Adaptive variation in extent and timing of growth of Scottish Scots pine (Pinus sylvestris Linn)

Govindarajulu, Anandan. 2014 Adaptive variation in extent and timing of growth of Scottish Scots pine (Pinus sylvestris Linn). Journal of Biodiversity & Endangered Species, 2 (3), 125. 6, pp.

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Local adaptation is a key consideration for forestry related activities, particularly when seed is transferred from one seed zone to another for afforestation. Locally adapted trees may show differences in growth when planted in sites other than their origin. Scots pine is one of the most valuable commercial timber trees with higher rate of growth. Although growth differences have been noted in the past, the extent to which Scottish Scots pines are locally adapted at the population level has remained unclear. In this dissertation, some aspects of local adaptation in pine are discussed and previous work is reviewed (essay review) and then (research paper) an experimental trial is presented in which genetic differences among populations and families from the Scottish Scots pine distribution are tested using growth as a measure of performance. Differences are related to climatic variables from the sites of origin of the seed. Finally, the role of provenance/progeny trials or common garden tests in researching local adaptation is also discussed.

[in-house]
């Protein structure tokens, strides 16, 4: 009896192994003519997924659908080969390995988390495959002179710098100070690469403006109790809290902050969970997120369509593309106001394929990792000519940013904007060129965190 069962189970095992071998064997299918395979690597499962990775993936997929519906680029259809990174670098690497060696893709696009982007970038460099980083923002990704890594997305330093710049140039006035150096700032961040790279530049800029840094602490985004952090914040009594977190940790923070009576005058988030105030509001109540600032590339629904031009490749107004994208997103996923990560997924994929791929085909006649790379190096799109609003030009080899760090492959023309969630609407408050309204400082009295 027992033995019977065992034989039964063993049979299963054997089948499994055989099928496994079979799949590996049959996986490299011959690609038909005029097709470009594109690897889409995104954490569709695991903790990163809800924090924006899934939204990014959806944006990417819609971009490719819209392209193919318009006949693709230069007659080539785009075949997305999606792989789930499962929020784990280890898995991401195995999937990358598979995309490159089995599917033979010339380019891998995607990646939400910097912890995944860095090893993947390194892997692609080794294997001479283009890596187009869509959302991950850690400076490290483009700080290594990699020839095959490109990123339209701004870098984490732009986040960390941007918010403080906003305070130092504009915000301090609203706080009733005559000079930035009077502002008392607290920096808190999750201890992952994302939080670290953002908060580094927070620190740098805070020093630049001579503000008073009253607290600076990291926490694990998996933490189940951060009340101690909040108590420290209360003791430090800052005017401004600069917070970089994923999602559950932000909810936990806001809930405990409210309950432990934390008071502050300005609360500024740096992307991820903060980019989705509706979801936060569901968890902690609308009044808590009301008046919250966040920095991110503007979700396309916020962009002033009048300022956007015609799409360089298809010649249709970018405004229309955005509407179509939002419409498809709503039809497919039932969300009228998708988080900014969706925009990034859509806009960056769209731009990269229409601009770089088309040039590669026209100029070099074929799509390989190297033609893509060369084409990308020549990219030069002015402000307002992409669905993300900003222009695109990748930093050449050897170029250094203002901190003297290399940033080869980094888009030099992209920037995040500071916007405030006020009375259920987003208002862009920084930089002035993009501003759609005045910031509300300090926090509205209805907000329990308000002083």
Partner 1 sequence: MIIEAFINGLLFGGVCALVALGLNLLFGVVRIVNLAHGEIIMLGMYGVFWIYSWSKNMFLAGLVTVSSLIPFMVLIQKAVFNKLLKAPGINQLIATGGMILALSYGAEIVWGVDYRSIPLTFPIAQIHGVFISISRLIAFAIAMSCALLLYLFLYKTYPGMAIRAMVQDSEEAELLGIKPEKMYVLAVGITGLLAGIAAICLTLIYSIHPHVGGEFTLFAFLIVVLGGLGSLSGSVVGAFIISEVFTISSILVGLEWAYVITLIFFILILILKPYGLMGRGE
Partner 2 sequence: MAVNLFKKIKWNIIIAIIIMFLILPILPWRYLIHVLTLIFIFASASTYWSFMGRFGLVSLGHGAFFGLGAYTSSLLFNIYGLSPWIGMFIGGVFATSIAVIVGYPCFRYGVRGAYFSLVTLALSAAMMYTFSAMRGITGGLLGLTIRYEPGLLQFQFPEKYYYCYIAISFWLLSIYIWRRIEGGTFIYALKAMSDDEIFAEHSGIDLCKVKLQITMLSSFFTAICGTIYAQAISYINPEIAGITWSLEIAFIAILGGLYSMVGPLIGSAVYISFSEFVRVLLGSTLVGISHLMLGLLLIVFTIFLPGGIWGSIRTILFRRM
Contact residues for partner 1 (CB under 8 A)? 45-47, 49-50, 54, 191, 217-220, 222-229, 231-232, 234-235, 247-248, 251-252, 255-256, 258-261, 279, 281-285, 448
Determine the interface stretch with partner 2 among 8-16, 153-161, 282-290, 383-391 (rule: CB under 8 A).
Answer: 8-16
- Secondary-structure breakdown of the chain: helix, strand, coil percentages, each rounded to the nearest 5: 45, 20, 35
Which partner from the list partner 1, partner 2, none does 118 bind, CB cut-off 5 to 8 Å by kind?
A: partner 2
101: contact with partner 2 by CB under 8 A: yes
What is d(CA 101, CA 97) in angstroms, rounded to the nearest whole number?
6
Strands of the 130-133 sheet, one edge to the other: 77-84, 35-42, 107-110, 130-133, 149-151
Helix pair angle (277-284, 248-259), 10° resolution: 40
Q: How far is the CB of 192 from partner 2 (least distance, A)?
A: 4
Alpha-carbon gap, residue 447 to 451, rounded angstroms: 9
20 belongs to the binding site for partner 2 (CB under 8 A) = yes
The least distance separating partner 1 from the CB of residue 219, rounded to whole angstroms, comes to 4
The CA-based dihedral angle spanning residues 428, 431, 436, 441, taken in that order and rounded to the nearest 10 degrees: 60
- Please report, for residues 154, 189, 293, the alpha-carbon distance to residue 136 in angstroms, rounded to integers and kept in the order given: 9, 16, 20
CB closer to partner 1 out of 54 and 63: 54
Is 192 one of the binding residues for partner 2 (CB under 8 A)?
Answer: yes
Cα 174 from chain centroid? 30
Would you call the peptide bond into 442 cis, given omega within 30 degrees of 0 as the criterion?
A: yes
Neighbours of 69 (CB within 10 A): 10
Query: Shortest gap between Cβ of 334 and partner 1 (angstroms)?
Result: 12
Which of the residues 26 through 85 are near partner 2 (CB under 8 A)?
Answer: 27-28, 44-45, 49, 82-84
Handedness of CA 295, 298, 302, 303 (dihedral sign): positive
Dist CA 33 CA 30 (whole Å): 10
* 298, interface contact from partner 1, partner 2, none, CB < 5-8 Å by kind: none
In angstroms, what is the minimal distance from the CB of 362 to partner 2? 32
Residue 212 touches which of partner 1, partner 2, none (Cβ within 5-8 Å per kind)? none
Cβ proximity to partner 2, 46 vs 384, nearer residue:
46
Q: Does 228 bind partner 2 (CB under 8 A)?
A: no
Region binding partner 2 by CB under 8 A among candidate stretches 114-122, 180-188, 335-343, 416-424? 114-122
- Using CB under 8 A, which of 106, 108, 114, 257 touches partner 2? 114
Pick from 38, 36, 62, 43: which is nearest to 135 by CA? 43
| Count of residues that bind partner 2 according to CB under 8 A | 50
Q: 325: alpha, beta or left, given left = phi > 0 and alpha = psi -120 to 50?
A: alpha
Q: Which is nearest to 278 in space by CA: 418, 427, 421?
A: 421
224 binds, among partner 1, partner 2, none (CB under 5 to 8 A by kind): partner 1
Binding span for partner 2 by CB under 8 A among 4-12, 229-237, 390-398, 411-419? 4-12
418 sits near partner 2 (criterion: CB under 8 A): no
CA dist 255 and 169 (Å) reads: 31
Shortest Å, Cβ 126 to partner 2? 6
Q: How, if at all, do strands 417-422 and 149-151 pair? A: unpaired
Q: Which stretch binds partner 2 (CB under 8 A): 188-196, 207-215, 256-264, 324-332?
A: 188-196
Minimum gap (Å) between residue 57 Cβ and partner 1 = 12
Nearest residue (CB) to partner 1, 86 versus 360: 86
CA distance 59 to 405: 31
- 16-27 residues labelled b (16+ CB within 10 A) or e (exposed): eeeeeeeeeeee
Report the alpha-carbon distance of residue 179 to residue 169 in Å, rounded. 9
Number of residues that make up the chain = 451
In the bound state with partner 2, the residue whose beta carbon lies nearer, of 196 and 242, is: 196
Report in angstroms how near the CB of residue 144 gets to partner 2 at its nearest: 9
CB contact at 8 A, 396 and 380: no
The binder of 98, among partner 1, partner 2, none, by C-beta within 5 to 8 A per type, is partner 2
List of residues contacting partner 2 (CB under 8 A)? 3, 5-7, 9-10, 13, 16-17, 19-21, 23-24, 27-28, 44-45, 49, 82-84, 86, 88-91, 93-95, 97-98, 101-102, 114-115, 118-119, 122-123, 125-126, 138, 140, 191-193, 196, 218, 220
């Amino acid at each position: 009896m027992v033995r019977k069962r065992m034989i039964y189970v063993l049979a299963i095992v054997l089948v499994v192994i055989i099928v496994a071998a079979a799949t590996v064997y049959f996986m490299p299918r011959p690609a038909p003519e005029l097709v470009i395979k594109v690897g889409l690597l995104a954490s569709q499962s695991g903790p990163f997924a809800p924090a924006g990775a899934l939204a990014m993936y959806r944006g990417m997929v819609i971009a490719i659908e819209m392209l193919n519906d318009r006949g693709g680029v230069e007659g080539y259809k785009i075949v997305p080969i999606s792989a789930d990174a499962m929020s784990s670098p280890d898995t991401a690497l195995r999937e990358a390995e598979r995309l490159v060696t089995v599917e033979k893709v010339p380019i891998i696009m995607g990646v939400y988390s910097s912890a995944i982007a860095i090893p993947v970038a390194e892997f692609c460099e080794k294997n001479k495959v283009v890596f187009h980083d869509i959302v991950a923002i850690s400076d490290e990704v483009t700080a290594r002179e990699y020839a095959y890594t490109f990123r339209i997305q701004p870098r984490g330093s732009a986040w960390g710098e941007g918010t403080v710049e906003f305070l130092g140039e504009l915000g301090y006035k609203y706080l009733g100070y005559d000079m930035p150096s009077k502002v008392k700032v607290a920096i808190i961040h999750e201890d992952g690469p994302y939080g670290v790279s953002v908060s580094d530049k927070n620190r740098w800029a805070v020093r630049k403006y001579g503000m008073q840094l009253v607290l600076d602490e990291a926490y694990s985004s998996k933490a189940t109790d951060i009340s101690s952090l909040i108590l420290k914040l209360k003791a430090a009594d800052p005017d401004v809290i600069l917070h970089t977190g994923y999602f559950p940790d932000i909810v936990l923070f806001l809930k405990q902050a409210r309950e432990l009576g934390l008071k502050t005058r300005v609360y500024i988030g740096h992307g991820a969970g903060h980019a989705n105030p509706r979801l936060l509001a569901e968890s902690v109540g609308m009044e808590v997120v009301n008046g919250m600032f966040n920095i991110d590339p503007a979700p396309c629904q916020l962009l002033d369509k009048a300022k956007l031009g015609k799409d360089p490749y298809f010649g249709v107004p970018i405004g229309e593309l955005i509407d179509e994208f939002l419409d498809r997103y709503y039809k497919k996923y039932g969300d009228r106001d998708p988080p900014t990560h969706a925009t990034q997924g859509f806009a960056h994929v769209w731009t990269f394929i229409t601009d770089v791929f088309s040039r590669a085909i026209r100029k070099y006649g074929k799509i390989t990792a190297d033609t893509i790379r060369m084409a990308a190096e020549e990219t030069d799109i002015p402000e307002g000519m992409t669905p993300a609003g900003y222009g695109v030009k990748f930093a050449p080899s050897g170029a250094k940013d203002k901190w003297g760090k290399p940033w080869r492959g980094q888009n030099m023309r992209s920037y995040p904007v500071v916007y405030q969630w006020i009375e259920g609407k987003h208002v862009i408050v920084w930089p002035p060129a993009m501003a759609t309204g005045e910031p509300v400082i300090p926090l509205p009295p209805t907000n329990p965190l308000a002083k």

Item Type: Publication - Article
Digital Object Identifier (DOI):
UKCEH and CEH Sections/Science Areas: Watt
ISSN: 2332-2543
Additional Information. Not used in RCUK Gateway to Research.: Open Access paper - full text available via Official URL link
Additional Keywords: Scottish Scots pine, adaptive variation
NORA Subject Terms: Ecology and Environment
Date made live: 03 Sep 2014 11:07 +0 (UTC)

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